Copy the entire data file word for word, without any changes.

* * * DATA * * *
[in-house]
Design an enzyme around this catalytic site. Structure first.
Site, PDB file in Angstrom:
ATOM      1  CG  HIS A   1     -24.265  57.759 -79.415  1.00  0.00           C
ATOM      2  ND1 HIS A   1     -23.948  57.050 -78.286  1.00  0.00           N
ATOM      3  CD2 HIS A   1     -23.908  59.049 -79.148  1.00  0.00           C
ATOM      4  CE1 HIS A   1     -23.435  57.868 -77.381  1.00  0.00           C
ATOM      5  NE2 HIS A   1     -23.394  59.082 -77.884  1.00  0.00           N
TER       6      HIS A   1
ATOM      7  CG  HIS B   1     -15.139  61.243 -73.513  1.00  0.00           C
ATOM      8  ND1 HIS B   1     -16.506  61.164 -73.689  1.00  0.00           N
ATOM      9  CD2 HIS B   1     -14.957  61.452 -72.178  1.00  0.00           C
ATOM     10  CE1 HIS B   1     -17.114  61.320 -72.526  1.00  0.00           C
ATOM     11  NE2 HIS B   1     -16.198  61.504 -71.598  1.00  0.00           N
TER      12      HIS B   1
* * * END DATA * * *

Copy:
[in-house]
Design an enzyme around this catalytic site. Structure first.
Site, PDB file in Angstrom:
ATOM      1  CG  HIS A   1     -24.265  57.759 -79.415  1.00  0.00           C
ATOM      2  ND1 HIS A   1     -23.948  57.050 -78.286  1.00  0.00           N
ATOM      3  CD2 HIS A   1     -23.908  59.049 -79.148  1.00  0.00           C
ATOM      4  CE1 HIS A   1     -23.435  57.868 -77.381  1.00  0.00           C
ATOM      5  NE2 HIS A   1     -23.394  59.082 -77.884  1.00  0.00           N
TER       6      HIS A   1
ATOM      7  CG  HIS B   1     -15.139  61.243 -73.513  1.00  0.00           C
ATOM      8  ND1 HIS B   1     -16.506  61.164 -73.689  1.00  0.00           N
ATOM      9  CD2 HIS B   1     -14.957  61.452 -72.178  1.00  0.00           C
ATOM     10  CE1 HIS B   1     -17.114  61.320 -72.526  1.00  0.00           C
ATOM     11  NE2 HIS B   1     -16.198  61.504 -71.598  1.00  0.00           N
TER      12      HIS B   1